My thoughts here verge to how cultural shifts occur. It is my opinion that developments begin at an elite level and filter “down” to the masses. (“The masses” is an insufficient term, as it suggests a false dichotomy vis-à-vis the elite, whereas the distinction is mutable. Instead of “masses,” I will use the term “consumers,” as it is meant in reference to people who “buy into” the new theory.) Most people haven’t read Purity of Heart is to Will One Thing, but Kierkegaard’s ideas in it are intrinsic to the cultural identity which produced the radically orthodox J-Lo commercial movie, The Wedding Planner. My point is, change happens at a fundamental, consumer-based level of society, but it begins in the arched brows of people who confront tricked-out, esoteric (non)(?) narratives.

(As is frequently pointed out vis-à-vis his writing at HTMLGIANT, Christopher Higgs is not hospitable toward narrative writing. But as I see it, the narratives of commercial art are so recognizable to actually occupy no time — the plot of 90% of sitcoms is immediately recognizable, for example — that these product-objects are the real [or post-real] non-narratives. Savvy audiences have become so talented at recognizing plot that plot is rendered meaningless. Higgs’s play, on the other hand, requires dedicated engagement because the familiar is constantly made strange and the words and their meaning fluctuate in relation to each other. Higgs’s novel is not absent of story, but the narrative happens without that. Subjectivity of experience adopts the experience of grappling with a text as its own story. This is the modern dialectic.)

A diligent reader would do us a service by cataloging the innovations in Higgs’s book. It isn’t the pseudonym. It isn’t the metanarrative. It isn’t the scope or the syntax. These gags have been accomplished and, in a way (I won’t argue this point), have become something of a system of their own, and thereby restrictive, non-play. In art, however, originality is not the pre-eminent consideration. Much more considerable is the experience behind the techniques which convey that selfsame experience. Flipping through The Complete Works of Marvin K. Mooney, I get the sense that Higgs knows what destruction he’s doing, cares, and does it anyway because it is enjoyable.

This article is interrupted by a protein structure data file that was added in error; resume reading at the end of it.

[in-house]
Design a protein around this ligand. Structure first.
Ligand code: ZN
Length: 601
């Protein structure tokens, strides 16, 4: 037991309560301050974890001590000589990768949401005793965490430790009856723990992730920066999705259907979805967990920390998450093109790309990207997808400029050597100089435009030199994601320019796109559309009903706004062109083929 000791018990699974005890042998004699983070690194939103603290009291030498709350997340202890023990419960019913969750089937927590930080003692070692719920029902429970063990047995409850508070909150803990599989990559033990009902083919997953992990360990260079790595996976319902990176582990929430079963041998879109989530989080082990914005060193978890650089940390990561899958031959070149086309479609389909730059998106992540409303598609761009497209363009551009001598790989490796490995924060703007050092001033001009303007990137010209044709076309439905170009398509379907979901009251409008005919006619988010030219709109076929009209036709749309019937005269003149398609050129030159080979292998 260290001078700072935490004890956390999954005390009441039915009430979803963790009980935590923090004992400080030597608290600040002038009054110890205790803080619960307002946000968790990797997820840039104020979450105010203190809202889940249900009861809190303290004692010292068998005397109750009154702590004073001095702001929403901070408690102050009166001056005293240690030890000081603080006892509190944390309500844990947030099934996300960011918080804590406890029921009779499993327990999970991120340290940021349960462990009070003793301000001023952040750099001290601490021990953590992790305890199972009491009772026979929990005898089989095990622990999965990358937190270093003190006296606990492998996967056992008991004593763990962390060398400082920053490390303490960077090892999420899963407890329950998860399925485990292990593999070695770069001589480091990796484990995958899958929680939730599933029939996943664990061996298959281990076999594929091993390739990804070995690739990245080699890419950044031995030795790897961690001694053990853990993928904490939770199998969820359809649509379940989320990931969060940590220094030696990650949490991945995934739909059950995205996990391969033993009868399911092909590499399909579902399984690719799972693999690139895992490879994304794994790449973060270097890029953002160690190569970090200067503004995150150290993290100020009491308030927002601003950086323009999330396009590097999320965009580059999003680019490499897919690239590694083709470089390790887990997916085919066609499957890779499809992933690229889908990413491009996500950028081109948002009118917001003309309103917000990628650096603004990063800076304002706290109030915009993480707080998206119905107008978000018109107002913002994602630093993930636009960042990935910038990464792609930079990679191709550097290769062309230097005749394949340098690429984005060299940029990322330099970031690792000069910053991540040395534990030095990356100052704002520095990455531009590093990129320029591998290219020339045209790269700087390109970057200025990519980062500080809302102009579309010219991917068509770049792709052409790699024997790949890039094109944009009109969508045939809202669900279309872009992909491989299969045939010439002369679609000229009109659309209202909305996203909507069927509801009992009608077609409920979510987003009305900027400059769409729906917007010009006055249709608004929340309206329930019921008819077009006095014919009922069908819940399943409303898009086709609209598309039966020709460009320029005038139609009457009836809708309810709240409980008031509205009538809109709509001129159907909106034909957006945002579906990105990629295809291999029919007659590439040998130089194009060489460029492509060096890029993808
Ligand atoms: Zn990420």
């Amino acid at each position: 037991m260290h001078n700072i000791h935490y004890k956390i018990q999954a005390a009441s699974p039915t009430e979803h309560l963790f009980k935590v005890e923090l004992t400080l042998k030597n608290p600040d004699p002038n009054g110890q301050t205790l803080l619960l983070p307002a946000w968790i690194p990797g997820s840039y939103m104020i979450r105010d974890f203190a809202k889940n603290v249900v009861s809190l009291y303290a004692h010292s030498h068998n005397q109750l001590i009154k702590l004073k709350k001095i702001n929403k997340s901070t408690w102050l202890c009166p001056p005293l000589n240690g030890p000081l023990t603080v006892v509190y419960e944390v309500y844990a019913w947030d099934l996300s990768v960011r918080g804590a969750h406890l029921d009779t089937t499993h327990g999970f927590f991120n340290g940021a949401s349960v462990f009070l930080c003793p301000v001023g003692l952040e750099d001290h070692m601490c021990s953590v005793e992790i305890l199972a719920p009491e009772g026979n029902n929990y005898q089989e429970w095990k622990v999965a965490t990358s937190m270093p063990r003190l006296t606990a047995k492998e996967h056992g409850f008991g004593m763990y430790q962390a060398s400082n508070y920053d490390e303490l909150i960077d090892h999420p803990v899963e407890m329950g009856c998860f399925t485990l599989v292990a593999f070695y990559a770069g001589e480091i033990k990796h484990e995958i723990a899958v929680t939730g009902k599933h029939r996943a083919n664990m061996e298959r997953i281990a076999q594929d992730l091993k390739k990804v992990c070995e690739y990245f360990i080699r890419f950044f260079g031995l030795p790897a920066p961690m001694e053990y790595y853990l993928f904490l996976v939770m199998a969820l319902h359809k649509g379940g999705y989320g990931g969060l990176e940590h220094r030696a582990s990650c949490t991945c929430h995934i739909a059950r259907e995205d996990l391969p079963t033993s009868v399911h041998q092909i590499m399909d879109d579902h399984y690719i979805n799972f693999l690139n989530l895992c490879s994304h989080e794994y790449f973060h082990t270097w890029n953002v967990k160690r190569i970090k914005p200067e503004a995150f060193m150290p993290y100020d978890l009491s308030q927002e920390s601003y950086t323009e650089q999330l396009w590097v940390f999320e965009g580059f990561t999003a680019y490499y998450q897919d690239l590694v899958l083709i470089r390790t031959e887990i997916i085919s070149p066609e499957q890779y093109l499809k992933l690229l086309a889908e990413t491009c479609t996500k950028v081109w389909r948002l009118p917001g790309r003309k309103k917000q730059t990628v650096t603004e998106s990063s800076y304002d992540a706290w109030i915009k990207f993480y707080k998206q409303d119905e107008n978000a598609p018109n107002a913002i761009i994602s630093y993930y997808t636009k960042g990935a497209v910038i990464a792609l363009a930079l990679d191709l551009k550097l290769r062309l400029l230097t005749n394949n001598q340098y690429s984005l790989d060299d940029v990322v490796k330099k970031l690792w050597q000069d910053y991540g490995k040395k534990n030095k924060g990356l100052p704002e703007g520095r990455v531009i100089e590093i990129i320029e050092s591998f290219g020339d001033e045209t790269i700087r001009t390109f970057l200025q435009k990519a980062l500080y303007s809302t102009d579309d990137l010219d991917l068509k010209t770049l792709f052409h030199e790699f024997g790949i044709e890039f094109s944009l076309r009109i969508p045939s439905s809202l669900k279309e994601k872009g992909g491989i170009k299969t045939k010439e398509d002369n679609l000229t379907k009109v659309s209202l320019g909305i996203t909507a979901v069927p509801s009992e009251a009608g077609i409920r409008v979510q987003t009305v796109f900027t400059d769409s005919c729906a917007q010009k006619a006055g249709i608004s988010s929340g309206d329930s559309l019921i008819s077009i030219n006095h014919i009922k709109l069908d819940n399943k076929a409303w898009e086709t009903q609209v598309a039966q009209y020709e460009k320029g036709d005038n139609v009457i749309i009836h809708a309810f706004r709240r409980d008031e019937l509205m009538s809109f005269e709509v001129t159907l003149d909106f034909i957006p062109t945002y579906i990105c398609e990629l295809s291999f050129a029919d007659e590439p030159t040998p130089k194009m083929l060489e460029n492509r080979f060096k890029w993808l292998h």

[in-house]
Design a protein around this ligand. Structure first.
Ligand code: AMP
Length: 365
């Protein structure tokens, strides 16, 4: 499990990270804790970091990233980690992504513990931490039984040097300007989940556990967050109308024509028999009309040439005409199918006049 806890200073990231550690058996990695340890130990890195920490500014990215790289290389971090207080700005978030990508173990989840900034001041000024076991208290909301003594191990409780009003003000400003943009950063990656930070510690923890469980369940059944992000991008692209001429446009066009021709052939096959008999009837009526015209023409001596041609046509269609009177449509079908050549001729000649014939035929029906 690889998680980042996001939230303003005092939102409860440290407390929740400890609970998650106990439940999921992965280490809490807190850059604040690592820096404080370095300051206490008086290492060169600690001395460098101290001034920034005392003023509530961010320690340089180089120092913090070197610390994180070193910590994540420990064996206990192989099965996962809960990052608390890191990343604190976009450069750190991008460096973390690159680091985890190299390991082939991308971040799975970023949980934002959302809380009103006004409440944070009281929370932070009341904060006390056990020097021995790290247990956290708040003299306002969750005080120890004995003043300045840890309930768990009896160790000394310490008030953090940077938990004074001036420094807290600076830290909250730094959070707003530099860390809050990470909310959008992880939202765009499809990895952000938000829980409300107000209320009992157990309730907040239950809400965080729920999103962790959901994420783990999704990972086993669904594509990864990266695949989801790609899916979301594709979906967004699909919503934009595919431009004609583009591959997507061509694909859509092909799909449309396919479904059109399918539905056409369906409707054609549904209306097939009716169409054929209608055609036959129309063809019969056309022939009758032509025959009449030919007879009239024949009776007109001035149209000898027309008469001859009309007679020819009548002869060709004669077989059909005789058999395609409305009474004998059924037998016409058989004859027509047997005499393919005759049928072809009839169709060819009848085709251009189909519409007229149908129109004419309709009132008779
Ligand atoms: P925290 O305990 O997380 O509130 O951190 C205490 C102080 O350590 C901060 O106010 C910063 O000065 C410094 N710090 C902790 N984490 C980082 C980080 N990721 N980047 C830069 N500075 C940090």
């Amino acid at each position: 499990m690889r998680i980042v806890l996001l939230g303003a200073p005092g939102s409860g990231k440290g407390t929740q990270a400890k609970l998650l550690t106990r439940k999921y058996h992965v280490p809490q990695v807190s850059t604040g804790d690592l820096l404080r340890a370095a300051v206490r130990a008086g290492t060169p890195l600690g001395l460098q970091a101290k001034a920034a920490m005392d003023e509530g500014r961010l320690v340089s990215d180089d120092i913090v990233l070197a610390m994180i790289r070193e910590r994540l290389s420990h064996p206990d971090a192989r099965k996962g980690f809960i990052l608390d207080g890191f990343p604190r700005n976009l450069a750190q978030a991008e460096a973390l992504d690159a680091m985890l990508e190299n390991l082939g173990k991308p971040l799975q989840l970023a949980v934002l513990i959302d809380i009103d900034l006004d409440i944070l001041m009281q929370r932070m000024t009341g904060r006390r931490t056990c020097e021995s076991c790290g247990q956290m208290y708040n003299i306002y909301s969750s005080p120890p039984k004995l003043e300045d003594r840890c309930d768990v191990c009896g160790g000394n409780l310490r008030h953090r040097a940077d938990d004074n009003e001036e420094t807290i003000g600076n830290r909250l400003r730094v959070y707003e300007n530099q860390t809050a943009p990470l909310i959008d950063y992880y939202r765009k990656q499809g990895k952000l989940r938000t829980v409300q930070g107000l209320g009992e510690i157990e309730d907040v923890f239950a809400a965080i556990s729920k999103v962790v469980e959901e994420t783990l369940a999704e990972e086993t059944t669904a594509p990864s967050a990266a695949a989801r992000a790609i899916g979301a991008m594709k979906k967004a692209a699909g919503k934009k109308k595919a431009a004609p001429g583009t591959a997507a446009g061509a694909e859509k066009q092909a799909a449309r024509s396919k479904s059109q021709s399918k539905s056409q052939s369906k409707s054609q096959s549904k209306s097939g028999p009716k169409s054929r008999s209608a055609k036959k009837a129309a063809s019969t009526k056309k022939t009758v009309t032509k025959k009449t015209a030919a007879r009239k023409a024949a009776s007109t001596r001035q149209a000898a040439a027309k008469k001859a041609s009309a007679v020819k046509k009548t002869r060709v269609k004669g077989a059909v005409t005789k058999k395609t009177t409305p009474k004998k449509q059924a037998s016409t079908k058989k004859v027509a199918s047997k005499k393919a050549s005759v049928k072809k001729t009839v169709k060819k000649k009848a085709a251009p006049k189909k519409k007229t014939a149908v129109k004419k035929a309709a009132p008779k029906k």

Enjoyment, that is the pre-eminent goal of art. Enjoyment is pleasure. I’m thinking of Eudaimonia, Aristotelian happiness, play. Sometimes I esteem physicists for the exactitude of their science and the wholeness of their knowledge set, but their ideal pales in comparison to the Higgsian eschaton. At the end of Marvin K. Mooney, whatever that is, there is the most pleasant thing in the world. But this is precisely what cannot be said, because the saying necessarily brings about the end of the world. The goal of the world is its end. To bracket reduction, it is an ontological tautology, as is bracketing reduction. But no one cares because no one knows how to party.

And that’s why Higgs’s book will not have any directly measurable cultural impact, just as neither will my consideration of the book. The consumers, ready or not, have other things to worry about than my report from the storytellers’ quorum. There aren’t enough ropes to create a mesh. Christopher Higgs and his Marvin K. Mooney function in the service of that net, with which the art-Christ will be fished from the other side of the bad book ocean. Someone is coming after Higgs and Mooney, just as they came after Yuriy Tarnawski and Hwbrgdtse. Just as they came after Woolf and Dalloway. And we are coming quickly now. Higgs, in his ivory tower, is applying his muscle to the floodgates.

Pretty soon we’re going to have a really good TV show.